The VTOL slammed into the ground, flattening more All as the last of its engines failed completely. Bonespikes flew through the air in increased numbers, and Jake dropped to the surface of the hab, lowering his profile atop the pitted metal. The All surged forward on all sides, emboldened by the destruction of the dropship.
This is it. We’re not making it out of here. He fired from his prone position, again and again as more All boiled out of the flattened forest, coming from all directions.
But we did?
Ikeda went down, screaming in agony as a panther bore her to the ground and ripped off her head. Jake fired, the flechettes biting through the creature’s armored hide but not enough to stop it. Another panther leapt atop the hab, this one landing on top of Silva and putting an end to the man’s screams with a burst of bonespikes from its jaws.
Then he and Anna were the only two members left, separated by a hundred feet or more of hab, both of them firing frantically. He stepped back, retreating before the advancing, numberless horde, only for his foot to find empty space. He tumbled backward, the wide jaws of a titan gaping beneath him—
And with a shout he bolted upright, the back of one hand smacking himself in the face before jerking away with a suddenness. He flailed for a moment, fighting a thin cloth that seemed to be wrapped around his legs and other arm, his body bouncing before his mind caught up. He stilled, lowering his limbs to the top of the bed and forcing himself to breathe.
Just a dream. Another nightmare.
He let out a long, smooth, steady breath. Just another nightmare.
And just when I was starting to get over having bad dreams about Pisces. Or maybe that was wishful thinking.
He let out a sigh and sat up, swinging his now unentangled legs over the edge of the bunk and cracking his heels against the baseboard. Brief flashes of pain flared up both limbs, and he let out a hiss.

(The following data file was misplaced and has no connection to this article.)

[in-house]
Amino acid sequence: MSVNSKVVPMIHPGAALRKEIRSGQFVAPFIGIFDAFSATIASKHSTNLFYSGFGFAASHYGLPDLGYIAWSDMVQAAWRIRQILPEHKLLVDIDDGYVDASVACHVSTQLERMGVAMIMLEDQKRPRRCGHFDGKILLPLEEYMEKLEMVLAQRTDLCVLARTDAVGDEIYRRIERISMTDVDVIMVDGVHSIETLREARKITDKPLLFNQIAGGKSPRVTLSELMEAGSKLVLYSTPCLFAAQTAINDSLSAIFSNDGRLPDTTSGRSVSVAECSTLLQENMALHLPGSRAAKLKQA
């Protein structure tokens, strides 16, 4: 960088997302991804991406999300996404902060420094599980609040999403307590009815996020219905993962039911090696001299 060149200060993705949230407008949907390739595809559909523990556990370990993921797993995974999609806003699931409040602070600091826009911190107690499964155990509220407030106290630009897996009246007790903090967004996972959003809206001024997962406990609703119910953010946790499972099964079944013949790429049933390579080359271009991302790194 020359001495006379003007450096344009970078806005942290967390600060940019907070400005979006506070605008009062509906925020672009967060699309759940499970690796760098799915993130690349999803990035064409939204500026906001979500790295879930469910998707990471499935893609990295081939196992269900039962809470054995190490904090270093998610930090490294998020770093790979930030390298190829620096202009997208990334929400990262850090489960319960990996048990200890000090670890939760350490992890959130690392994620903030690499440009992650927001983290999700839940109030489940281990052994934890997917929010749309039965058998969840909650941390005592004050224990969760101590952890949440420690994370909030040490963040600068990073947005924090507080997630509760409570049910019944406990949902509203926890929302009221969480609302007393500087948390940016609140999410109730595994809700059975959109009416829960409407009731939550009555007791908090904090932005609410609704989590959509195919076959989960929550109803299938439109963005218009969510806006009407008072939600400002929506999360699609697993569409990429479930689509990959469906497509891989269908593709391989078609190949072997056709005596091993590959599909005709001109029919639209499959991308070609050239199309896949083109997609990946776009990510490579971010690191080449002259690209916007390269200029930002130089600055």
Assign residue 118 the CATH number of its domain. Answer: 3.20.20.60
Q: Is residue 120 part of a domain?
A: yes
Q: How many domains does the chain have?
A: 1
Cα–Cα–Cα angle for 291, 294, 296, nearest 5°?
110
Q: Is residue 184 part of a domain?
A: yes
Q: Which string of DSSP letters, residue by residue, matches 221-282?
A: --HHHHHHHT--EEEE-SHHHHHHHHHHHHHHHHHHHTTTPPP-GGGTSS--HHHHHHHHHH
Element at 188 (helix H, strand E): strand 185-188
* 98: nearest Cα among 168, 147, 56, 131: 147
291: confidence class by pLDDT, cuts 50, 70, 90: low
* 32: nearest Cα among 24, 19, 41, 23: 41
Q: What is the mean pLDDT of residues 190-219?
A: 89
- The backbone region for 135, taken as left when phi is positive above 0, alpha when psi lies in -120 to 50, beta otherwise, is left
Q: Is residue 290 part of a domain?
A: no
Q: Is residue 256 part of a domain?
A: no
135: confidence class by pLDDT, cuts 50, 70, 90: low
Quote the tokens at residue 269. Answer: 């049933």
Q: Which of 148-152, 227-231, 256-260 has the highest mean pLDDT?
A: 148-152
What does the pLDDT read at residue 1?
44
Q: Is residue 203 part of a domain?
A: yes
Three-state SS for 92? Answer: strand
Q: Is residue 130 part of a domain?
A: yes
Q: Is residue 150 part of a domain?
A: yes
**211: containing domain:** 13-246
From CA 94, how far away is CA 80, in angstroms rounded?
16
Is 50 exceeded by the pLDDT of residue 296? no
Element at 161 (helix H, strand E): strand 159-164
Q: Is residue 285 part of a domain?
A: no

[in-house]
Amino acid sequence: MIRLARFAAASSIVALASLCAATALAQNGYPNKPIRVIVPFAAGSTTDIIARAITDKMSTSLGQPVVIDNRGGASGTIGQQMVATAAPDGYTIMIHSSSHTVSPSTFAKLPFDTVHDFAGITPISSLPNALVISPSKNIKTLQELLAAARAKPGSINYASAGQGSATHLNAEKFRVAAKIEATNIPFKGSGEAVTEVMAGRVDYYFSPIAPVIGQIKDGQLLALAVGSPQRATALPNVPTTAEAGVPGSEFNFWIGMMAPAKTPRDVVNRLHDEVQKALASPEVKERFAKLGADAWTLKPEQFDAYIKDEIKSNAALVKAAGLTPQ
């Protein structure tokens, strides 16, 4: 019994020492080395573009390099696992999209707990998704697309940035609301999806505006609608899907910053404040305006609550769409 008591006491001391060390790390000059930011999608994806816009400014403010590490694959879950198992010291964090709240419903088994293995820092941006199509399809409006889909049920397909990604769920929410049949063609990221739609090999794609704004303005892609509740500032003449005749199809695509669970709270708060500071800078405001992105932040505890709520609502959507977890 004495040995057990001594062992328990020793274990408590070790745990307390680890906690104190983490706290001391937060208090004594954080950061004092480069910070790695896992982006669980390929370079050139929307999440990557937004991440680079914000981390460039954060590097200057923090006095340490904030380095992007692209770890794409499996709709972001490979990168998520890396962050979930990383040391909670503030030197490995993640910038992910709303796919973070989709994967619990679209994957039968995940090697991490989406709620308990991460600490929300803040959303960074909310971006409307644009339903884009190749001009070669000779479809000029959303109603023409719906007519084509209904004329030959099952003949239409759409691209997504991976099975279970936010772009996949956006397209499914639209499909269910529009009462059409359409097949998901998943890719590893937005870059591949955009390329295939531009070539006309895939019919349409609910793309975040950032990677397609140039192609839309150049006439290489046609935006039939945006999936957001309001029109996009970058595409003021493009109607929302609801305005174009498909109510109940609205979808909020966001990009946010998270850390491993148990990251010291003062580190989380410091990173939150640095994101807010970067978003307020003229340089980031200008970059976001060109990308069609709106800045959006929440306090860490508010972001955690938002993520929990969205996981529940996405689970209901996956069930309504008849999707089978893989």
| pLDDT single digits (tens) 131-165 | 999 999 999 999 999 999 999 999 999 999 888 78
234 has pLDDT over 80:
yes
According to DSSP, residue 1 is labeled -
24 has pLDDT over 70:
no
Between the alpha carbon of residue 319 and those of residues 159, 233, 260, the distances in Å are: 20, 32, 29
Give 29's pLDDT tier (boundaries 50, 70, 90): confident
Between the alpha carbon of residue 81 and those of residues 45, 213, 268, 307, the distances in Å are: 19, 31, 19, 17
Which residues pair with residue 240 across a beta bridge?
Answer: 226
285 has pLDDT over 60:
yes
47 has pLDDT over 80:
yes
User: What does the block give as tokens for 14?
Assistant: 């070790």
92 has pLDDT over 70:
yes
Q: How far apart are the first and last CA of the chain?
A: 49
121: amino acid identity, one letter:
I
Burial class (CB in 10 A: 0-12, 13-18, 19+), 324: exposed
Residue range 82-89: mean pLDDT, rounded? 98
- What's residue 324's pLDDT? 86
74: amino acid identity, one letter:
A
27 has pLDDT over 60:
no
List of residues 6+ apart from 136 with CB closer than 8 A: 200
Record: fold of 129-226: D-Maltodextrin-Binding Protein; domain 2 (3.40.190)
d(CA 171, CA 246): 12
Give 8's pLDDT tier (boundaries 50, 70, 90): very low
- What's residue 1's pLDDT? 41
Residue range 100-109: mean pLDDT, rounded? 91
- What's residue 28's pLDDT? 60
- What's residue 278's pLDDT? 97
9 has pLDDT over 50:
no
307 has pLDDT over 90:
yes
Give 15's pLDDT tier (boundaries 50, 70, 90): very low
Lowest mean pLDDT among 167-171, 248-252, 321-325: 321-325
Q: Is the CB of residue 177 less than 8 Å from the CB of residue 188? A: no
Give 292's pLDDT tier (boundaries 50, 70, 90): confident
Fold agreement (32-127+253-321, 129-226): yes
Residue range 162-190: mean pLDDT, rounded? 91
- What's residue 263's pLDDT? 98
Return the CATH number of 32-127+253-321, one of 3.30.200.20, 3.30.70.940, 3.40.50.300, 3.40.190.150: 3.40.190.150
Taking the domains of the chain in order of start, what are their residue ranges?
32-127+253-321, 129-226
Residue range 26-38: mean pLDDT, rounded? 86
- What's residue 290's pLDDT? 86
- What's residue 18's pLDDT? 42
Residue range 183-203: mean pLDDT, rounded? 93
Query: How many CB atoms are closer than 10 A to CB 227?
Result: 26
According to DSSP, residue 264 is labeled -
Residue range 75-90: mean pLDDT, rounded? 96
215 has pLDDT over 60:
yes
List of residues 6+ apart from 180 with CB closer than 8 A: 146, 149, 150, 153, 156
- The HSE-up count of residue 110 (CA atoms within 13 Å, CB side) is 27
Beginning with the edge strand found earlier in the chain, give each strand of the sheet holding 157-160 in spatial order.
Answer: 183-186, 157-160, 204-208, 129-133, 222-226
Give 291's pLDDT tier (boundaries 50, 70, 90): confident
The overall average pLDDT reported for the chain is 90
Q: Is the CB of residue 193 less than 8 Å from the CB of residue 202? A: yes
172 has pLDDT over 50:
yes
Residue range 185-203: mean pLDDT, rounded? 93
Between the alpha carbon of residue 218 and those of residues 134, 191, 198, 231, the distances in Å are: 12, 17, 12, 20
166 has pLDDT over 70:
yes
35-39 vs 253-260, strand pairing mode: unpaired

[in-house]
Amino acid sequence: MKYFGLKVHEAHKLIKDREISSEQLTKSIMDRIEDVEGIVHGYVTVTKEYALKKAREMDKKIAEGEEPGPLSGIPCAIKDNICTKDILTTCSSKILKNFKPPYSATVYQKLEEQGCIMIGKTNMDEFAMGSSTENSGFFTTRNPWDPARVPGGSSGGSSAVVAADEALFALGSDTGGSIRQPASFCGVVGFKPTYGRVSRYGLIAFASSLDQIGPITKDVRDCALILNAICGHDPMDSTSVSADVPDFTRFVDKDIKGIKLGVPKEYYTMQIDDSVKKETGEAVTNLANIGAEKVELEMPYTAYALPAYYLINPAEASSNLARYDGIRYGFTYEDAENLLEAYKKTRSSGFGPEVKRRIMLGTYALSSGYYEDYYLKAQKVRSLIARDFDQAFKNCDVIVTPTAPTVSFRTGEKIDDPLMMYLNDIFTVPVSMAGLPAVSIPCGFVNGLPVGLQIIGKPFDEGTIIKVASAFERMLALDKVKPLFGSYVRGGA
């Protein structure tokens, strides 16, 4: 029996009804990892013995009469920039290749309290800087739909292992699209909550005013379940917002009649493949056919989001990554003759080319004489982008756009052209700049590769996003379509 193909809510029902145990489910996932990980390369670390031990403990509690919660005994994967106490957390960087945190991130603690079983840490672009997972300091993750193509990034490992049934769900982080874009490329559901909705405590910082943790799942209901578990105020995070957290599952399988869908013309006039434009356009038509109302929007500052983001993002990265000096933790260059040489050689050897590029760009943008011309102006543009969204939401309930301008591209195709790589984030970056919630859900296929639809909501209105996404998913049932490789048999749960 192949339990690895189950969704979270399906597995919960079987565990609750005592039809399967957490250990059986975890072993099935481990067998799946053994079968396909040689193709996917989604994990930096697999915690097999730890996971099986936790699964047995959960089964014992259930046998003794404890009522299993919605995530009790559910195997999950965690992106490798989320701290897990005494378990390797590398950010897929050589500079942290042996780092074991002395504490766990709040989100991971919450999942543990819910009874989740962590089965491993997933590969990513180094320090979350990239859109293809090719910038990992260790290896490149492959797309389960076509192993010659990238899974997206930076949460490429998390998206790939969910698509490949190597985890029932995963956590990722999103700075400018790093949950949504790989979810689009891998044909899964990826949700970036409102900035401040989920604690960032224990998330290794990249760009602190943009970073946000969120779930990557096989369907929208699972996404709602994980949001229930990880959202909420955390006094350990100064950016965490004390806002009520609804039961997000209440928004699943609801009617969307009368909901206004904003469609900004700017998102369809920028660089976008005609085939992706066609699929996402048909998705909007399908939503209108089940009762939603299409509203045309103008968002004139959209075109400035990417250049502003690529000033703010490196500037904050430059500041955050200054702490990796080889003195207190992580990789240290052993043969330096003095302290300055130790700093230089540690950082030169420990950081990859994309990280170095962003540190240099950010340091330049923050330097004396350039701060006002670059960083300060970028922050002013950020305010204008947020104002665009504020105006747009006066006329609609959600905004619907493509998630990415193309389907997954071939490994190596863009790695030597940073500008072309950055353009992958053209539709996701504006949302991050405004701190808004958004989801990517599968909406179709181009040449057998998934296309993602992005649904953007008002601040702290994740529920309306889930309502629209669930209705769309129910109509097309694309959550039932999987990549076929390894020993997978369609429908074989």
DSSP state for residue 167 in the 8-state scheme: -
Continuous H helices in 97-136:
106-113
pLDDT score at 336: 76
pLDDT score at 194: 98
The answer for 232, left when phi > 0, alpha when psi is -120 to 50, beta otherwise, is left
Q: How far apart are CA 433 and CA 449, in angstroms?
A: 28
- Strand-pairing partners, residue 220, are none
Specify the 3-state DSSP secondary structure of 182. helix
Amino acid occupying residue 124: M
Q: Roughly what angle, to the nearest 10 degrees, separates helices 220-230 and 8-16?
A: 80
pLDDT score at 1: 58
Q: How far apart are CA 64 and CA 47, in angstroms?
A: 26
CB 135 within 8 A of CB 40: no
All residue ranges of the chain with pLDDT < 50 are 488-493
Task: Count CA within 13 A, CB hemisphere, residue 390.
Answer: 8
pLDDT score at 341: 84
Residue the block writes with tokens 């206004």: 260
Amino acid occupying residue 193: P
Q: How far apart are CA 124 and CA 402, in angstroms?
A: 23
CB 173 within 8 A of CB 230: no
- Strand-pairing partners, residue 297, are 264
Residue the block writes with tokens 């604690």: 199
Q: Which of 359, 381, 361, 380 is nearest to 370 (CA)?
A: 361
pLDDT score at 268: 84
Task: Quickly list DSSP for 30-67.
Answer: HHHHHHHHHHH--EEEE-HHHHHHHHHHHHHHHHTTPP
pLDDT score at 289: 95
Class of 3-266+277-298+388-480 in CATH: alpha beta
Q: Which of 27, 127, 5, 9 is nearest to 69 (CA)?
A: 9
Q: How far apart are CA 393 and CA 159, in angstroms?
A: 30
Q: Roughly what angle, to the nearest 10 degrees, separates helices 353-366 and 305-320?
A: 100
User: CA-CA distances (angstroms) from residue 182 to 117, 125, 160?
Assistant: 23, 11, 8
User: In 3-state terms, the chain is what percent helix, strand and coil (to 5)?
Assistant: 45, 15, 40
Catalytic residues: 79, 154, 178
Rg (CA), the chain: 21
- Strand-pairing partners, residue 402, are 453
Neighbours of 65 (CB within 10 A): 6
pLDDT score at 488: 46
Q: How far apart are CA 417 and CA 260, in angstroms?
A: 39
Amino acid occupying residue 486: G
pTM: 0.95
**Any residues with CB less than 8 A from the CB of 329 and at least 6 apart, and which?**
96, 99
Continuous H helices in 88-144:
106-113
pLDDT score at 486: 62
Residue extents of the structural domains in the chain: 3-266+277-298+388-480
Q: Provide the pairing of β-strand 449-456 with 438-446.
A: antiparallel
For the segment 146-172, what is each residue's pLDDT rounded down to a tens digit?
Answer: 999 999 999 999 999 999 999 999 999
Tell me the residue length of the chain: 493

Easy and slow, Jake, he reminded himself. You’re still not used to the augments yet. He sat in the darkness for a few seconds, the only light a faint, dim glow from a few nearby room controls, letting his heart rate slow. His cheek still stung where the back of his hand had smacked him. Maybe I should have taken Anna up on her joke about the sleeping straps.
At least, he was fairly certain she’d been joking. There was a very real chance she’d been serious. After all, they had me strapped when I woke up from the surgery.
And missed the whole galaxy going mad. He leaned slowly to his side, reaching out and tapping at the controls for the lights. Glowing particles swarmed into being at his approach, forming a dimmer panel. It was merely a projection rather than hard-light, and his finger slipped through the motes about a third of the way up. The cabin lights came on, illuminating his small living space with enough light for him to easily see by. Especially now that his eyes, like the rest of him, were modified. It wasn’t superhuman, but he had an easier time picking out shadows and dark objects in low light.
Across the cabin a splash of water caught his attention, and he jerked his gaze up—slow and steady, Jake—to see Mr. Happy wave a fin at him.